Early renal insufficiency and hospitalized heart disease after renal transplantation in the era of modern immunosuppression

Kevin C. Abbott*, Christina M. Yuan, Allen J. Taylor, David F. Cruess, Lawrence Y.C. Agodoa

*Corresponding author for this work

Research output: Contribution to journalArticlepeer-review

69 Scopus citations


Renal insufficiency has been identified as a risk factor for graft loss and death after renal transplantation but has not been consistently linked to early, nonfatal, hospitalized heart disease (HHD). With the United States Renal Data System database, 29,597 patients who received a kidney transplant between January 1, 1996, and July 31, 2000, with Medicare as the primary payer, and were monitored until December 31, 2000, were studied. Cox proportional-hazards regression models were used to calculate the association of recipient estimated GFR (eGFR) at 1 yr after renal transplantation, as determined with the Modification of Diet in Renal Disease formula, with hospitalization for treatment of acute coronary syndromes (ACS) (International Classification of Diseases, version 9, code 410.x or 411.x) of congestive heart failure (CHF) (code 428.x) 1 to 3 yr after renal transplantation. Rates of ACS and CHF were 2.2 and 4.9%, respectively, for patients with eGFR 2 of <44.8 ml/min per 1. 73 m2, compared with 1.2 and 1.4% for patients with eGFR of >69.7 ml/min per 1.73 m2. Reduced eGFR (<44.8 ml/min per 1.73 m 2, compared with >69.7 ml/min per 1.73 m2) at the end of the first 1 yr after transplantation was independently associated with increased risks of both ACS (adjusted hazard ratio, 2.16; 95% confidence interval, 1.39 to 3.35) and CHF (adjusted hazard ratio, 2.95; 95% confidence interval, 2.24 to 3.90). It was concluded that early renal insufficiency (approximately stage 3 chronic kidney disease) was associated with higher rates of HHD 1 to 3 yr after kidney transplantation. Preservation of renal function after renal transplantation may reduce the rates of HHD, and renal transplant recipients with reduced eGFR should be considered at high risk of developing cardiovascular disease.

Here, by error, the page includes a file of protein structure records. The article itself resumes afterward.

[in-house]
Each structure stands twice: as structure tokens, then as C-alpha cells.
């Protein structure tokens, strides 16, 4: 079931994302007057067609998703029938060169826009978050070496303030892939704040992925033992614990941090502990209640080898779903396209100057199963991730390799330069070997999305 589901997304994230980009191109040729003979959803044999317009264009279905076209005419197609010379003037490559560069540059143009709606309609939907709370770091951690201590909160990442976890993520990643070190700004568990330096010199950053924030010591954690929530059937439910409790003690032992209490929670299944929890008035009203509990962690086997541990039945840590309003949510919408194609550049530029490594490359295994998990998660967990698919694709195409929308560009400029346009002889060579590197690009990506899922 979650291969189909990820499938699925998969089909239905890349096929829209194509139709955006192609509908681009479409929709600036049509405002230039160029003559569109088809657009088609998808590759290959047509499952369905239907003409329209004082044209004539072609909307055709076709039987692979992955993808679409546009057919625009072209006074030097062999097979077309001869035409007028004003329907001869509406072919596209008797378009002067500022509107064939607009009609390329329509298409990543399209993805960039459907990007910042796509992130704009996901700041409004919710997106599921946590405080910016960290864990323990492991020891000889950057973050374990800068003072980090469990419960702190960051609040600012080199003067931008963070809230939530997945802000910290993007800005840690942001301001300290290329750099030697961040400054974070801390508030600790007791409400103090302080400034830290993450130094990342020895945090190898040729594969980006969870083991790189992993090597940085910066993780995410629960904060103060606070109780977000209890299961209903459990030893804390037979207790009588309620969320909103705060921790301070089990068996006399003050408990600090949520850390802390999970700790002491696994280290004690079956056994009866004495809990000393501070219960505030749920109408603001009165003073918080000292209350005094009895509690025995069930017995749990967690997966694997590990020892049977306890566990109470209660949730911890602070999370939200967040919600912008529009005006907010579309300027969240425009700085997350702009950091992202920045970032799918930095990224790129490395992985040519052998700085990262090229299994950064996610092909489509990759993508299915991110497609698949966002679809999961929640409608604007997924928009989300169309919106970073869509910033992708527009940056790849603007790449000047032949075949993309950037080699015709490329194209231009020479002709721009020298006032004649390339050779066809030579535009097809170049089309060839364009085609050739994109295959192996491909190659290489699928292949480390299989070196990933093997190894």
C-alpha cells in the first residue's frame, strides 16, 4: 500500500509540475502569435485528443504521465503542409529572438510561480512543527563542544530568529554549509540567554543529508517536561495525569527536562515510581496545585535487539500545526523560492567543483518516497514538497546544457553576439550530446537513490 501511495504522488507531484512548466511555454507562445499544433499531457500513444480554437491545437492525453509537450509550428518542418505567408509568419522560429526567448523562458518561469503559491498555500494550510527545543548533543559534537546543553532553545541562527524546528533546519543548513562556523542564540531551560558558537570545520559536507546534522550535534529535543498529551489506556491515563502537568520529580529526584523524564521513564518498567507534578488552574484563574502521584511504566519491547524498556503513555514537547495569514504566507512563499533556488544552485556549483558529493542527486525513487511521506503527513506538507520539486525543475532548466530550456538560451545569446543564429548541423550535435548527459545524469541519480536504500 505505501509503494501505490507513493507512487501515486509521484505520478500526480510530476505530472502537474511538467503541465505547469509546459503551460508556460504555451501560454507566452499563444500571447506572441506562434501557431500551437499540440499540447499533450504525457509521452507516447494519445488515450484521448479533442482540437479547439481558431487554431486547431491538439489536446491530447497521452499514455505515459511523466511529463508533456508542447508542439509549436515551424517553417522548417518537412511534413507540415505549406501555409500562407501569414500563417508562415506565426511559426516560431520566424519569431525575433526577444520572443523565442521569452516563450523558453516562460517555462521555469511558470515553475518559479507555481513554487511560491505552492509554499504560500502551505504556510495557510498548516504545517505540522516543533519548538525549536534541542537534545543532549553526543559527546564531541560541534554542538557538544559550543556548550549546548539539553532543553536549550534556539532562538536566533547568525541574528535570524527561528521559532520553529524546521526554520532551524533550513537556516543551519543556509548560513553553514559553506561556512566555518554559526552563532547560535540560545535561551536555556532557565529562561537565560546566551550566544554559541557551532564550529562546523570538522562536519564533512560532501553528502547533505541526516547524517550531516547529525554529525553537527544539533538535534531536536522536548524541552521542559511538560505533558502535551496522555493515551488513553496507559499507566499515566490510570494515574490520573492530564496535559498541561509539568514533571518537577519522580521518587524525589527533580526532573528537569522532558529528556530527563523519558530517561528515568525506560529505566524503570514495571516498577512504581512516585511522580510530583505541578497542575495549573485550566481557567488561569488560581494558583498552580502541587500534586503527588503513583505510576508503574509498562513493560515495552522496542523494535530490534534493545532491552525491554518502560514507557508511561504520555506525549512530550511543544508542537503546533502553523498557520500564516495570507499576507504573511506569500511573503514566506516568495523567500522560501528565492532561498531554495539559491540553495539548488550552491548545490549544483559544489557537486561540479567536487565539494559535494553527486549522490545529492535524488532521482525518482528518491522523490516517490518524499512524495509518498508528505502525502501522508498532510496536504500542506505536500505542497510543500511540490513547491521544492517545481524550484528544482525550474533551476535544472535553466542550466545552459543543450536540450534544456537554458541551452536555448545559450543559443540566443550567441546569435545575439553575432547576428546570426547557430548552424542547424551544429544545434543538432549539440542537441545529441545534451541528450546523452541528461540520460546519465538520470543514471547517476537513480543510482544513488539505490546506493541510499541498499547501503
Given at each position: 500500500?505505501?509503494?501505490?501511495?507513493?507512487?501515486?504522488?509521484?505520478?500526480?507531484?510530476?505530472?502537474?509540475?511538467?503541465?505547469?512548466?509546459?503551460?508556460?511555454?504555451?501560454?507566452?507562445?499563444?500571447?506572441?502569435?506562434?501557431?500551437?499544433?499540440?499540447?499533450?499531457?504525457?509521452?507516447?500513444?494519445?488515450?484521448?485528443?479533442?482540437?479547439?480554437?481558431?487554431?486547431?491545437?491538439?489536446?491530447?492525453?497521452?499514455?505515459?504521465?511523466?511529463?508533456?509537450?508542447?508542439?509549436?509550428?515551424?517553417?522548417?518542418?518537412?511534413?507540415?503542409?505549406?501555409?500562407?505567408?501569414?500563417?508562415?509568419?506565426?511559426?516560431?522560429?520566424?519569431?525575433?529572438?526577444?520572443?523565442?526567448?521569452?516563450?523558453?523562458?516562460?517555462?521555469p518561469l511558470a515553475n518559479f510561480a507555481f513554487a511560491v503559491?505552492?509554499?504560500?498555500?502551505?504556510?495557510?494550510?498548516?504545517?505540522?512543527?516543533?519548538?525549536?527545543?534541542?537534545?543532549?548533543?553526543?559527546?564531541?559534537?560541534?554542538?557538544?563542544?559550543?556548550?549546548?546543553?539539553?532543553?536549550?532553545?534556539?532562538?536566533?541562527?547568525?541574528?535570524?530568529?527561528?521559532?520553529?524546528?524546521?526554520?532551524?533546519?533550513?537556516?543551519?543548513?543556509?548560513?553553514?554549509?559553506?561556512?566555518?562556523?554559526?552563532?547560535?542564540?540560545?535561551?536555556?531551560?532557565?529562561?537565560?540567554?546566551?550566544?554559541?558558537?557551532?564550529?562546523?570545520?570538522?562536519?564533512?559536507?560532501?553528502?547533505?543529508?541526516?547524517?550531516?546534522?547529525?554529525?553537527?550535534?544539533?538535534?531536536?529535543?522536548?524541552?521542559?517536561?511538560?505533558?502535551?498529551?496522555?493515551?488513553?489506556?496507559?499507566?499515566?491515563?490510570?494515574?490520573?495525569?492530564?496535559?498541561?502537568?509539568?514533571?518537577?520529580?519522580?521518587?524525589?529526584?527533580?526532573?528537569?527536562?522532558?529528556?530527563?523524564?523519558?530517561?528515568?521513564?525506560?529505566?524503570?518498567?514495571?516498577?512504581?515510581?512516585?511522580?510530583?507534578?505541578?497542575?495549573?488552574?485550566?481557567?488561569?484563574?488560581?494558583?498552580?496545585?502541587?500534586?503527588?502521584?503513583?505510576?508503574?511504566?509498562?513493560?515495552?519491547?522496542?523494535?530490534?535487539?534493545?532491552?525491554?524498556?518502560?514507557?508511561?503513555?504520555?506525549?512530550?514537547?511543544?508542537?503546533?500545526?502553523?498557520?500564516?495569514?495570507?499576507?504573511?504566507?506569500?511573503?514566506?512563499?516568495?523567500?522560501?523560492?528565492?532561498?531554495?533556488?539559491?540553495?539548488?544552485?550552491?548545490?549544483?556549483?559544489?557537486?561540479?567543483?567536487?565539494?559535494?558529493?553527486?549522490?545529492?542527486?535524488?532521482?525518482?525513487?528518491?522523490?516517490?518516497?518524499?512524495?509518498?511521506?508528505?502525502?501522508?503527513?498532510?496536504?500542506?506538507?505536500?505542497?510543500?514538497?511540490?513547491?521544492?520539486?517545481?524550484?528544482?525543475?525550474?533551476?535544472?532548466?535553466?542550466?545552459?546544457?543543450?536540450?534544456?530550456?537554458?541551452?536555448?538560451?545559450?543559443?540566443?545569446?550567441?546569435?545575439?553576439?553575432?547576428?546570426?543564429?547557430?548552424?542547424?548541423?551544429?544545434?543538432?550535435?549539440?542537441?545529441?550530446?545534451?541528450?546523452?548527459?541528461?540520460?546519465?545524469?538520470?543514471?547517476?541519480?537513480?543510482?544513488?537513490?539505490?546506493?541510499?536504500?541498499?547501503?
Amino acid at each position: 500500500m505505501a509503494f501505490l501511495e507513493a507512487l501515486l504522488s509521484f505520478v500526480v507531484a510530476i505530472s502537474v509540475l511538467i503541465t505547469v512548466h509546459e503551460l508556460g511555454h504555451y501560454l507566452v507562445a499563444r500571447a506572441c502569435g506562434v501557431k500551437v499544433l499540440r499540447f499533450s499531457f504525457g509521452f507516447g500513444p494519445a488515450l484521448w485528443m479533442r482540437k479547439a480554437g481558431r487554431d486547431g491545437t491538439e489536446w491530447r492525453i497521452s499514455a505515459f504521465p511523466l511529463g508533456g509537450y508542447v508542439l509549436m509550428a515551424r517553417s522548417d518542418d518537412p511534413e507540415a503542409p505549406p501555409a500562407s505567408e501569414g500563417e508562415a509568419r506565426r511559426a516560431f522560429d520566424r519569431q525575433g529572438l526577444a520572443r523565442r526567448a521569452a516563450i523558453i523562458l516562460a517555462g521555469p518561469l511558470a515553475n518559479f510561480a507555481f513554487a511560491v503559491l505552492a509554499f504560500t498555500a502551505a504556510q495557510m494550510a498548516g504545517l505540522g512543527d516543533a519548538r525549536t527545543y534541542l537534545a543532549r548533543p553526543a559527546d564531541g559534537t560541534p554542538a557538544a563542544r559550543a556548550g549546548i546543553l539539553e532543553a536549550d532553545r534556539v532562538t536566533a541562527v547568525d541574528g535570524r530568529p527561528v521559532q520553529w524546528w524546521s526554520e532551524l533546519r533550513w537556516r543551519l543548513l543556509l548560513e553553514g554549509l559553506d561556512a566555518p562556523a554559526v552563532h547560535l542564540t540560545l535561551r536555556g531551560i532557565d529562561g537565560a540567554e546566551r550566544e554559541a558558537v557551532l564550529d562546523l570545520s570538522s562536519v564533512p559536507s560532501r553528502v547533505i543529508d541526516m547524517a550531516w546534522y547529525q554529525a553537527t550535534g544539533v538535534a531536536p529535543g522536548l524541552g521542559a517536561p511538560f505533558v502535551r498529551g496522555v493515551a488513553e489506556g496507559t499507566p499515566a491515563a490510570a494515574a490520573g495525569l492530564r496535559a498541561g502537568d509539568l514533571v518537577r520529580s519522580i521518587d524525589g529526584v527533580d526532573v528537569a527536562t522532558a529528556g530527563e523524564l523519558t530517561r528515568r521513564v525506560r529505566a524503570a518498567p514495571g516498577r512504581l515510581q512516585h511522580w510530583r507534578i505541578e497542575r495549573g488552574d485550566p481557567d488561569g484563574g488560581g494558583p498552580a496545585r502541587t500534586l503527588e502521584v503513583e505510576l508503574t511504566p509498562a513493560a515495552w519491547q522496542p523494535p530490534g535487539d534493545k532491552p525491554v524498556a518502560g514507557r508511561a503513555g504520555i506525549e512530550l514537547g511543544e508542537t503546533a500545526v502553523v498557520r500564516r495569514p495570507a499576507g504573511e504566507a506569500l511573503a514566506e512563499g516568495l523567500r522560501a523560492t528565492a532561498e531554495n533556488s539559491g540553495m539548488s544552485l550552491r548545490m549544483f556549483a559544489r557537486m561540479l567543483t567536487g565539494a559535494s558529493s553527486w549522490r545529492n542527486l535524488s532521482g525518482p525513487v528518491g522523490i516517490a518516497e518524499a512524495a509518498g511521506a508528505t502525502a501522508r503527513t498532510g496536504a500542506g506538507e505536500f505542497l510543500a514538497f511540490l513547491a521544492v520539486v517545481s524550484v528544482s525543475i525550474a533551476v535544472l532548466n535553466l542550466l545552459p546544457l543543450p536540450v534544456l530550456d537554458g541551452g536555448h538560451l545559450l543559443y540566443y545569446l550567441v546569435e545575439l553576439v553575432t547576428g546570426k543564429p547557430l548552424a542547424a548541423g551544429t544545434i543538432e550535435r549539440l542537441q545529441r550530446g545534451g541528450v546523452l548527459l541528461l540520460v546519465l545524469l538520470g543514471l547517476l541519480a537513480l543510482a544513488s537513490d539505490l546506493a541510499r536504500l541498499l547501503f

Original languageEnglish
Pages (from-to)2358-2365
Number of pages8
JournalJournal of the American Society of Nephrology
Issue number9
StatePublished - 1 Sep 2003
Externally publishedYes


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